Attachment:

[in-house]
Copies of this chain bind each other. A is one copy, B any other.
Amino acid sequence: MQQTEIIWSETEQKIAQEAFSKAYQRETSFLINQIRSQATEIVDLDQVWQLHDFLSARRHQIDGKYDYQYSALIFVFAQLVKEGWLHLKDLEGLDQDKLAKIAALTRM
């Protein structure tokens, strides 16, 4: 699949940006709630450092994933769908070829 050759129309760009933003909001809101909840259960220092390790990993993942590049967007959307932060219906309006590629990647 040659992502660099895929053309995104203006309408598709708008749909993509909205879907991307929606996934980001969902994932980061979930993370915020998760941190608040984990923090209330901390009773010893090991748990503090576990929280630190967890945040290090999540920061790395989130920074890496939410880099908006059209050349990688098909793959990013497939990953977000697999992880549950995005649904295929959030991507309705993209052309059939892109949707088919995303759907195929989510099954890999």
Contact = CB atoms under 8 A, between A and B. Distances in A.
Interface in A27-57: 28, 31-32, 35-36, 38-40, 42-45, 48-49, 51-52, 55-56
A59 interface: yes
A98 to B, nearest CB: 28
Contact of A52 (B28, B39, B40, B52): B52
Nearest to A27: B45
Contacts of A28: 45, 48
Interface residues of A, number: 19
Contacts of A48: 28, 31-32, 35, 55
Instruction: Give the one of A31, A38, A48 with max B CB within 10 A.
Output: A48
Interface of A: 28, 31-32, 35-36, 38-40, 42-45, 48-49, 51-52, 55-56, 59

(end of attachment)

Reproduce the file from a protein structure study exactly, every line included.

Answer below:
[in-house]
Copies of this chain bind each other. A is one copy, B any other.
Amino acid sequence: MQQTEIIWSETEQKIAQEAFSKAYQRETSFLINQIRSQATEIVDLDQVWQLHDFLSARRHQIDGKYDYQYSALIFVFAQLVKEGWLHLKDLEGLDQDKLAKIAALTRM
């Protein structure tokens, strides 16, 4: 699949940006709630450092994933769908070829 050759129309760009933003909001809101909840259960220092390790990993993942590049967007959307932060219906309006590629990647 040659992502660099895929053309995104203006309408598709708008749909993509909205879907991307929606996934980001969902994932980061979930993370915020998760941190608040984990923090209330901390009773010893090991748990503090576990929280630190967890945040290090999540920061790395989130920074890496939410880099908006059209050349990688098909793959990013497939990953977000697999992880549950995005649904295929959030991507309705993209052309059939892109949707088919995303759907195929989510099954890999």
Contact = CB atoms under 8 A, between A and B. Distances in A.
Interface in A27-57: 28, 31-32, 35-36, 38-40, 42-45, 48-49, 51-52, 55-56
A59 interface: yes
A98 to B, nearest CB: 28
Contact of A52 (B28, B39, B40, B52): B52
Nearest to A27: B45
Contacts of A28: 45, 48
Interface residues of A, number: 19
Contacts of A48: 28, 31-32, 35, 55
Instruction: Give the one of A31, A38, A48 with max B CB within 10 A.
Output: A48
Interface of A: 28, 31-32, 35-36, 38-40, 42-45, 48-49, 51-52, 55-56, 59